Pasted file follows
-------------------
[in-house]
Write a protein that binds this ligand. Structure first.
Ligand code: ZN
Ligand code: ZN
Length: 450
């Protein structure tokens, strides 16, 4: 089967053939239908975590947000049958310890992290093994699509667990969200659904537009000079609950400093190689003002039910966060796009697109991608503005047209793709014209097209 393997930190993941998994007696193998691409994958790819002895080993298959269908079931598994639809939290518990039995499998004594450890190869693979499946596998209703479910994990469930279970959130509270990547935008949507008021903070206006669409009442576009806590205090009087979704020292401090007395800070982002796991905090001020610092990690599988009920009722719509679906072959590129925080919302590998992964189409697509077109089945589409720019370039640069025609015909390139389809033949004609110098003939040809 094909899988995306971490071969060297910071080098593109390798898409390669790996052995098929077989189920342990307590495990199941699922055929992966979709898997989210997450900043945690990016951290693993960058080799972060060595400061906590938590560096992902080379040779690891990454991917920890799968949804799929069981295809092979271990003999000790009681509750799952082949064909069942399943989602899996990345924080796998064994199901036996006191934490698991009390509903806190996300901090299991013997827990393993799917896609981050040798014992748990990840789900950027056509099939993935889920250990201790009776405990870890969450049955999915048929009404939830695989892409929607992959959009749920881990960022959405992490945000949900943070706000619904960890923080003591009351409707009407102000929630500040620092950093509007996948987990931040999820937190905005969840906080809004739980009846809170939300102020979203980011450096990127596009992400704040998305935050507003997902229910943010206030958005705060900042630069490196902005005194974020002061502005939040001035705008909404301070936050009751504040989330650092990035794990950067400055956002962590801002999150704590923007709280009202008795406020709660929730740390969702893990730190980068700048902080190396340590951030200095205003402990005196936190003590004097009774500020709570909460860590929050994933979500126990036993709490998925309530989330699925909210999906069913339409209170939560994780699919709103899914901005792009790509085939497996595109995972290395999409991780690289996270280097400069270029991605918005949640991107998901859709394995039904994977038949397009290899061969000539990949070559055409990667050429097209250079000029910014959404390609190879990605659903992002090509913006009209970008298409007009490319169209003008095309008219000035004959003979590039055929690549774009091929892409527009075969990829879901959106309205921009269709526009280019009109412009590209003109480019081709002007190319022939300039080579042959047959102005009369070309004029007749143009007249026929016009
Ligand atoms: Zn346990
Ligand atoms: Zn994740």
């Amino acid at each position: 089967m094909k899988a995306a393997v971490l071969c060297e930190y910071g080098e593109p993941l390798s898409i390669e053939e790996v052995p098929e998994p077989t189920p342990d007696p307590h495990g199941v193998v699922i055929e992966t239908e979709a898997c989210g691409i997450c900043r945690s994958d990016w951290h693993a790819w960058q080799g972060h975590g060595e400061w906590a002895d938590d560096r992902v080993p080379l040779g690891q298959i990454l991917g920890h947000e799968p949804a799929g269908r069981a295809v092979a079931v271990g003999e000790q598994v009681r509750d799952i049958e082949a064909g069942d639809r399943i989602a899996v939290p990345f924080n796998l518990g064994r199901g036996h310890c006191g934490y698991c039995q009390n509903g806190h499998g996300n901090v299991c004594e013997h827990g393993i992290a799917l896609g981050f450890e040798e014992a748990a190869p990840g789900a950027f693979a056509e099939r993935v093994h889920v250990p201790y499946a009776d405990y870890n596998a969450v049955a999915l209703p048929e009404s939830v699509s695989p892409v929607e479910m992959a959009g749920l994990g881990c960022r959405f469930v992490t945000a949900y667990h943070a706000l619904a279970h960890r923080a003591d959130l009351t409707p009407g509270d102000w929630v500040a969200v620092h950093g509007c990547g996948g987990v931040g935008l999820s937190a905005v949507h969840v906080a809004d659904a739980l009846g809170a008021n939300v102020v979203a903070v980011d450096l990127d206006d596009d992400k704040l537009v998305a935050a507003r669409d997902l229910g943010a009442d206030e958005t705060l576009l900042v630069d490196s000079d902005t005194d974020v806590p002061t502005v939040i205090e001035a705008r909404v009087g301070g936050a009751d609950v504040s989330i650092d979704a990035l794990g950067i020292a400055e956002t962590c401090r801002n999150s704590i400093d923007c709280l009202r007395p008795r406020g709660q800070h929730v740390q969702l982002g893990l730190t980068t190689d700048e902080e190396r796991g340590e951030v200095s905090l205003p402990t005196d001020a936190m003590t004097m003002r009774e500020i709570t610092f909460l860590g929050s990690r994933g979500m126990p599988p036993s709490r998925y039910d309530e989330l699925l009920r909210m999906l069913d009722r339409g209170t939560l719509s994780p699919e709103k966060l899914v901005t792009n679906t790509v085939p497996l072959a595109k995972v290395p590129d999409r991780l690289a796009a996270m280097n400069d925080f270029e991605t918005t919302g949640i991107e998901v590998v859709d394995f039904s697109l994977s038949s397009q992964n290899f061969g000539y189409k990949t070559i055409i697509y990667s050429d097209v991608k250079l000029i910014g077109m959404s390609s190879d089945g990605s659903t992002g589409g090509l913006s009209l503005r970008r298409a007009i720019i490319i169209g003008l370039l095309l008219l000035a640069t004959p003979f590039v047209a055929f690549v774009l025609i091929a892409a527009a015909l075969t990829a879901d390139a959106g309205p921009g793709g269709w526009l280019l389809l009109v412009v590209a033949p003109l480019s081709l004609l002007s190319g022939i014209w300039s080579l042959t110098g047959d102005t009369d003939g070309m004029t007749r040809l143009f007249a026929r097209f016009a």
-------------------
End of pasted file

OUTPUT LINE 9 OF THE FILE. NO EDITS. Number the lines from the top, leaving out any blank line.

């Amino acid at each position: 089967m094909k899988a995306a393997v971490l071969c060297e930190y910071g080098e593109p993941l390798s898409i390669e053939e790996v052995p098929e998994p077989t189920p342990d007696p307590h495990g199941v193998v699922i055929e992966t239908e979709a898997c989210g691409i997450c900043r945690s994958d990016w951290h693993a790819w960058q080799g972060h975590g060595e400061w906590a002895d938590d560096r992902v080993p080379l040779g690891q298959i990454l991917g920890h947000e799968p949804a799929g269908r069981a295809v092979a079931v271990g003999e000790q598994v009681r509750d799952i049958e082949a064909g069942d639809r399943i989602a899996v939290p990345f924080n796998l518990g064994r199901g036996h310890c006191g934490y698991c039995q009390n509903g806190h499998g996300n901090v299991c004594e013997h827990g393993i992290a799917l896609g981050f450890e040798e014992a748990a190869p990840g789900a950027f693979a056509e099939r993935v093994h889920v250990p201790y499946a009776d405990y870890n596998a969450v049955a999915l209703p048929e009404s939830v699509s695989p892409v929607e479910m992959a959009g749920l994990g881990c960022r959405f469930v992490t945000a949900y667990h943070a706000l619904a279970h960890r923080a003591d959130l009351t409707p009407g509270d102000w929630v500040a969200v620092h950093g509007c990547g996948g987990v931040g935008l999820s937190a905005v949507h969840v906080a809004d659904a739980l009846g809170a008021n939300v102020v979203a903070v980011d450096l990127d206006d596009d992400k704040l537009v998305a935050a507003r669409d997902l229910g943010a009442d206030e958005t705060l576009l900042v630069d490196s000079d902005t005194d974020v806590p002061t502005v939040i205090e001035a705008r909404v009087g301070g936050a009751d609950v504040s989330i650092d979704a990035l794990g950067i020292a400055e956002t962590c401090r801002n999150s704590i400093d923007c709280l009202r007395p008795r406020g709660q800070h929730v740390q969702l982002g893990l730190t980068t190689d700048e902080e190396r796991g340590e951030v200095s905090l205003p402990t005196d001020a936190m003590t004097m003002r009774e500020i709570t610092f909460l860590g929050s990690r994933g979500m126990p599988p036993s709490r998925y039910d309530e989330l699925l009920r909210m999906l069913d009722r339409g209170t939560l719509s994780p699919e709103k966060l899914v901005t792009n679906t790509v085939p497996l072959a595109k995972v290395p590129d999409r991780l690289a796009a996270m280097n400069d925080f270029e991605t918005t919302g949640i991107e998901v590998v859709d394995f039904s697109l994977s038949s397009q992964n290899f061969g000539y189409k990949t070559i055409i697509y990667s050429d097209v991608k250079l000029i910014g077109m959404s390609s190879d089945g990605s659903t992002g589409g090509l913006s009209l503005r970008r298409a007009i720019i490319i169209g003008l370039l095309l008219l000035a640069t004959p003979f590039v047209a055929f690549v774009l025609i091929a892409a527009a015909l075969t990829a879901d390139a959106g309205p921009g793709g269709w526009l280019l389809l009109v412009v590209a033949p003109l480019s081709l004609l002007s190319g022939i014209w300039s080579l042959t110098g047959d102005t009369d003939g070309m004029t007749r040809l143009f007249a026929r097209f016009a």